Enterprise Application Integration; Healthcare Organizations; Information Technology ; Large Organizations; Local Government Authorities
Chapter 37
Genie N.L. Stowers
This case describes the case of a small California city, San Carlos, a continued early adopter in the e-government areas. The chapter asks the... Sample PDF
The Little City That Could: The Case of San Carlos, California
Chapter 38
Howard A. Frank
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Implementing ActiveStrategy in Miami-Dade County
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Greta Nasi
The purpose of this chapter is to assess the current status and level of technology in providing on line services among larger Italian... Sample PDF
E-Government and Local Service Delivery: The Case of Italian Local Governments
Chapter 40
Andreas Ask, Mathias Hatakka, Åke Grönlund
This chapter discusses practices, opportunities, and challenges in local e-government project management by means of a case study involving... Sample PDF
The Örebro City Citizen-Oriented E-Government Strategy
Chapter 41
Ik Jae Chung
As a nationwide e-government project in South Korea, the Information Network Village project was launched in 2001. It was designed to increase... Sample PDF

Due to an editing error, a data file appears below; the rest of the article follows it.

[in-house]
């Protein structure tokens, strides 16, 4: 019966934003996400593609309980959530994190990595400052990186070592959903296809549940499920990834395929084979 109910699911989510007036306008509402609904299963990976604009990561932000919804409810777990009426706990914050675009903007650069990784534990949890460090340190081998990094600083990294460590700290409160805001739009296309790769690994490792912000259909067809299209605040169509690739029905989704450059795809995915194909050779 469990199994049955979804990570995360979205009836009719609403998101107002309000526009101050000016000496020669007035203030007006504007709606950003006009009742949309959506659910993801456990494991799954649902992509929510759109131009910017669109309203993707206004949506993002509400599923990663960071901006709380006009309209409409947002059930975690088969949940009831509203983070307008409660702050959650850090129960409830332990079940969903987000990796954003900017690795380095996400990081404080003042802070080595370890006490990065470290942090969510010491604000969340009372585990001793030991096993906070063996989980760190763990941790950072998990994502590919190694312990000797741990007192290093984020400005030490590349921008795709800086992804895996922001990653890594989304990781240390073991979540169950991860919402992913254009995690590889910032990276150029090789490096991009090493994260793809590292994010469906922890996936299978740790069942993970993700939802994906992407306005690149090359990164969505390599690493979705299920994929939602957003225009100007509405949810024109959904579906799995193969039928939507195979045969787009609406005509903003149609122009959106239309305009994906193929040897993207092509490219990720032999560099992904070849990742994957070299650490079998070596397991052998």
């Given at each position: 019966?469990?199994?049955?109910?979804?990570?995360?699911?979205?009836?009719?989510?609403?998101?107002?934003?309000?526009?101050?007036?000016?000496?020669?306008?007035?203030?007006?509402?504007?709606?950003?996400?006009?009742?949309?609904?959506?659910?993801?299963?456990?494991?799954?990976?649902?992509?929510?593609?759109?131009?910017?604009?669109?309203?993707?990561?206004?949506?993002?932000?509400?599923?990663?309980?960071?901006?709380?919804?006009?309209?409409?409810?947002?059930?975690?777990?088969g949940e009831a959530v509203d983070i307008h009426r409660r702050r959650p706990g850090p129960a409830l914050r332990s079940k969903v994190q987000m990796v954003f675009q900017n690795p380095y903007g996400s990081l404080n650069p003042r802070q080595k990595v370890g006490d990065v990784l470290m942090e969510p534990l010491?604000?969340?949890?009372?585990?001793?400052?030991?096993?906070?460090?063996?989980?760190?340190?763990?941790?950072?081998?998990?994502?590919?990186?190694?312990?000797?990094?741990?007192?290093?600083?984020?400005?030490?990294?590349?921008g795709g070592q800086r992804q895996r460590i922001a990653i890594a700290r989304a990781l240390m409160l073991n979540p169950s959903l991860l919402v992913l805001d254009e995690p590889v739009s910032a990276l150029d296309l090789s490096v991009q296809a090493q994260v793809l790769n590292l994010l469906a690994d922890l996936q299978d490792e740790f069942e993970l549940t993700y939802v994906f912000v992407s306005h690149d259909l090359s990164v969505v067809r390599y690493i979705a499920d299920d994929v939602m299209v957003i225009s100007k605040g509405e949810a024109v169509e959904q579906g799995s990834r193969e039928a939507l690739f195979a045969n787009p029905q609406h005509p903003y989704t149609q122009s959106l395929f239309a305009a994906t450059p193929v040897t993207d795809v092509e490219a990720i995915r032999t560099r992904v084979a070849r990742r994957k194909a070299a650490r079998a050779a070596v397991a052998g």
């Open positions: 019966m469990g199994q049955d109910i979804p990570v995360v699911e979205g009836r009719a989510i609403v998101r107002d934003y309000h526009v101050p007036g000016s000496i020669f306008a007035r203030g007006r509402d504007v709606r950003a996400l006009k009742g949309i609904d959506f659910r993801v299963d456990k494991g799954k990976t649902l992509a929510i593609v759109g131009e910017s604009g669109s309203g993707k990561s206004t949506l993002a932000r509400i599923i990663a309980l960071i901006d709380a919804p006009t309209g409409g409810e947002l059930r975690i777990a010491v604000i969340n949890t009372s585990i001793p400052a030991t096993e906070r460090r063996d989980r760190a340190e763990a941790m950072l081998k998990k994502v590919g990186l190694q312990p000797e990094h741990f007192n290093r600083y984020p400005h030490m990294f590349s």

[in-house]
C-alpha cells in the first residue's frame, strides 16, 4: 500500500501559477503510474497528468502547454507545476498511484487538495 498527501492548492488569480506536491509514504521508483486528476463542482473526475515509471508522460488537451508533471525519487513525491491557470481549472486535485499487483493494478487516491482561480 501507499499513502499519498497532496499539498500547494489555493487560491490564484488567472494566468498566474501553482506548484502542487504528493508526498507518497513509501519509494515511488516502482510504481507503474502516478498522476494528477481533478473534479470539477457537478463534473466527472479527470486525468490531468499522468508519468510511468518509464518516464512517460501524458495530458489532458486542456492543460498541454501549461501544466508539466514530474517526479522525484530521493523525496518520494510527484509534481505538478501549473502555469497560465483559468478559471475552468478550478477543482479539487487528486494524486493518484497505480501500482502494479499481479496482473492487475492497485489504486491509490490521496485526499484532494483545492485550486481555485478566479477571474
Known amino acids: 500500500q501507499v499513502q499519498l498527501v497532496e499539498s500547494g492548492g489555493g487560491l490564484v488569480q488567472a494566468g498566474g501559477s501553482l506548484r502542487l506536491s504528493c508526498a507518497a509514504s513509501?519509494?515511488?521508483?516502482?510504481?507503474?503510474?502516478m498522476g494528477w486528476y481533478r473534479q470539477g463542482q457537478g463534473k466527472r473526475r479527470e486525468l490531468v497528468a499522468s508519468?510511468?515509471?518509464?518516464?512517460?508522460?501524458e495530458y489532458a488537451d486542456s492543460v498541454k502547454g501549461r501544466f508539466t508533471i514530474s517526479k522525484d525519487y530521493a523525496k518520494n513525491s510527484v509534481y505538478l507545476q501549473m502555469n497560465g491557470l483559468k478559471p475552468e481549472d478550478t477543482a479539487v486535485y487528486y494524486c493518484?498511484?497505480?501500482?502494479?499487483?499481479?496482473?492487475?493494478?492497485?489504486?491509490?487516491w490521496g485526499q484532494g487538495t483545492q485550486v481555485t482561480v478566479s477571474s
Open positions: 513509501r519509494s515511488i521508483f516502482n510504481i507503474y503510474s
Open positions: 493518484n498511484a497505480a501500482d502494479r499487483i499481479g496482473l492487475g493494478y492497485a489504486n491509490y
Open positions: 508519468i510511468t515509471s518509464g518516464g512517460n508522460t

Toward E-Government Sustainability: The Information Network Village Project in South Korea
Chapter 42
Samiaji Sarosa, Jenjang Sri Lestari
This chapter examined the state of Jogjakarta’s local governments Web sites (i.e, Bantul, Sleman, Kulon Progo, City of Jogjakarta and The Special... Sample PDF
The Level and Impact of Web Based E-Government Adoption: The Case of Jogjakarta's Local Governments
Chapter 43
Maniam Kaliannan, Hazman Shah Abdullah, Murali Raman
Despite the many quarrels and complaints about the quality of local government in Malaysia, it continues to be an important part of the overall... Sample PDF
Local E-Government in Malaysia: An Empirical Investigation
Chapter 44
Sam Lubbe, Shawren Singh
This chapter explores the issues of the interface between Information Systems (IS) and society. We investigate IS and users of these systems at a... Sample PDF
From Conception to Demise: Implications for Users of Information Systems in Changing a Local Parastatal Educational Institution in KwaZulu-Natal, South Africa
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José Rodrigues Filho, João Rodrigues dos Santos Junior
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Local E-Government in Brazil: Poor Interaction and Local Politics as Usual
Chapter 46
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Indian Police E-Government System: A Study of Provincial Police
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About the Contributors